Smith, editor-in-chief of Orange Coast magazine, serves as the “fly on the wall” during the highly competitive 2010 Federal Duck Stamp Contest in his new book, tracing its origins and its current popularity. The contest, originating with Franklin D. Roosevelt’s 1934 wildlife preservation law in the Great Depression, provides for “the sale of an obscure revenue stamp” bought by hunters and stamp collectors, generating more than million in funds, with 98 cents of each dollar going to buy millions of acres of U.S. waterfowl habitat since its inception. With a low-key writing style supported by fine research, Smith takes the readers behind the scenes as five judges weigh the artistic and commercial quality of the 235 submissions in the only juried contest administered by the U.S. government. The Hautman brothers, Jim, Joe, and Bob, are the most fascinating of the artistic competitors, but the author paints many of the participants in a lively, entertaining manner while the contest runs its hectic course. Smith’s compelling story of a largely forgotten federal program will cast some timely light on the ongoing clash between rural hunters and urban conservationists on preserving the habitat of waterfowl. (Sept.)
From the Publisher
"Well-written, insightful, and just plain fun to read."—David Allen Sibley, author of the Sibley Guides to Birds and Trees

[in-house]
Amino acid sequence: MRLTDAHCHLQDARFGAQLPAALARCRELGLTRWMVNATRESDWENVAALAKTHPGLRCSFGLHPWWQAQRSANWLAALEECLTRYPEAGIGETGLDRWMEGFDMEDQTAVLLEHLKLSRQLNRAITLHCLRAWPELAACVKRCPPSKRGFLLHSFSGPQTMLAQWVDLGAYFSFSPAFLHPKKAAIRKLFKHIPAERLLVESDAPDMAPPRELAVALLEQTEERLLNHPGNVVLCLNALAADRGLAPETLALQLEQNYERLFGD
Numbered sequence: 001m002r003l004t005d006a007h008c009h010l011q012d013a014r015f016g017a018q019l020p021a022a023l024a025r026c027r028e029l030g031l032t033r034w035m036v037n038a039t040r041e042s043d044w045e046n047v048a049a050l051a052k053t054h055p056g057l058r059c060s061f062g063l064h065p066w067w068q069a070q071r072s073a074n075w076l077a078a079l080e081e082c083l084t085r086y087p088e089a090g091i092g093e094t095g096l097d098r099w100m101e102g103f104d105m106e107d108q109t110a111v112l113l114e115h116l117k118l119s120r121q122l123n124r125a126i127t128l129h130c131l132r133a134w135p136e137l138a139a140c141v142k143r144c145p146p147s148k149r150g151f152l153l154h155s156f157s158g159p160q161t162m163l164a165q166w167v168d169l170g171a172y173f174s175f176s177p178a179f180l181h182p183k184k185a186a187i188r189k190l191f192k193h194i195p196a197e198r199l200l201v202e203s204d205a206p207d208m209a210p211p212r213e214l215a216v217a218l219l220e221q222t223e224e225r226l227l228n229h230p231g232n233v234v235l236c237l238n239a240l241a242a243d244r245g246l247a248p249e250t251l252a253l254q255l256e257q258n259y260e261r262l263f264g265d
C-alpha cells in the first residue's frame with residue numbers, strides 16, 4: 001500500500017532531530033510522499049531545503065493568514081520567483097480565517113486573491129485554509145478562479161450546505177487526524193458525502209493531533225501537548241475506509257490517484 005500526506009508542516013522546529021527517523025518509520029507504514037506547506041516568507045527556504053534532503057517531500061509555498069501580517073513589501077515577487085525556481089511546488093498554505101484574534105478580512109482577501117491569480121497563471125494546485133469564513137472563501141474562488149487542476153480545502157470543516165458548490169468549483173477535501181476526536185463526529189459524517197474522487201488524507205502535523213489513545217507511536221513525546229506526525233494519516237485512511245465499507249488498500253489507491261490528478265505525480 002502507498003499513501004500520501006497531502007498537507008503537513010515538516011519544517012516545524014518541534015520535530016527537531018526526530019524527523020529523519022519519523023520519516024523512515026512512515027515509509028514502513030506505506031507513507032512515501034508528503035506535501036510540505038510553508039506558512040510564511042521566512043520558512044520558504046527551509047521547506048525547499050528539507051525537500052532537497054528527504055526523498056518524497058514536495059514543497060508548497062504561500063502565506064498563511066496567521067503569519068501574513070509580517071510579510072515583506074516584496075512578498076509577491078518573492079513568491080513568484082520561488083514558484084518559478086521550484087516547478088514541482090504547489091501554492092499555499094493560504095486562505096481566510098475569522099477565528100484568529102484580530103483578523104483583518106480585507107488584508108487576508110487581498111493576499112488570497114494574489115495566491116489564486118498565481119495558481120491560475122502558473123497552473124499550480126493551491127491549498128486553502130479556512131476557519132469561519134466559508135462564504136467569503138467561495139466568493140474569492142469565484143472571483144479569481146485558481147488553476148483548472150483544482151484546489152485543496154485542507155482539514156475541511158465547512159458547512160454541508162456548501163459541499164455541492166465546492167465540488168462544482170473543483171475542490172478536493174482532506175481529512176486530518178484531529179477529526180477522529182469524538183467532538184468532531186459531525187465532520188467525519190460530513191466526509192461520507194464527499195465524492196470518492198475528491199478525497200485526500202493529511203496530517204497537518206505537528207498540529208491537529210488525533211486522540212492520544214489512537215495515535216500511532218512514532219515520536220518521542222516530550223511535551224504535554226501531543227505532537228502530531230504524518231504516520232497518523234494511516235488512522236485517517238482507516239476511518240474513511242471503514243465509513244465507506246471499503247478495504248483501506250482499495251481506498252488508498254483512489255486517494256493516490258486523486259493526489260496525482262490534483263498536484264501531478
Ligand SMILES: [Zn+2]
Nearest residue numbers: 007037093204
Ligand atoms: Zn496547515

"Martin Smith investigates a little-known federal program and finds it brimming with fun characters, a quirky culture, and valuable lessons for anyone who wants government to actually work."—Mark Obmascik, author of The Big Year: A Tale of Man, Nature, and Fowl Obsession

"When it comes to fascinating, quirky characters and their alternate-universe stories, Martin Smith is the master. His tale of the noble and obscure federal duck stamp, and the men who love it just a bit too much, is a delight to read."—Edward Humes, Pulitzer-Prize winning journalist and author

"The Wild Duck Chase explores an arcane art competition and discovers beauty, obsession, and a host of vibrant characters (and birds). Smith's chronicle of this year-long quest to depict nature is endearing, poignant, and lots of fun."—Melissa Milgrom, author of Still Life: Adventures in Taxidermy

"An eye-opening and thought-provoking glimpse into the downright wonderful world of duck stamp competition."—Richard Louv, author of The Nature Principle and Last Child in the Woods

 

“Martin Smith's The Wild Duck Chase is a smartly written, wonderful look at waterfowl conservation at its apex. Every page was a treat. Once you start, you won't be able to stop. Highly recommend!”—Douglas Brinkley, professor of history at Rice University and author of  Wilderness Warrior: Theodore Roosevelt and the Crusade for America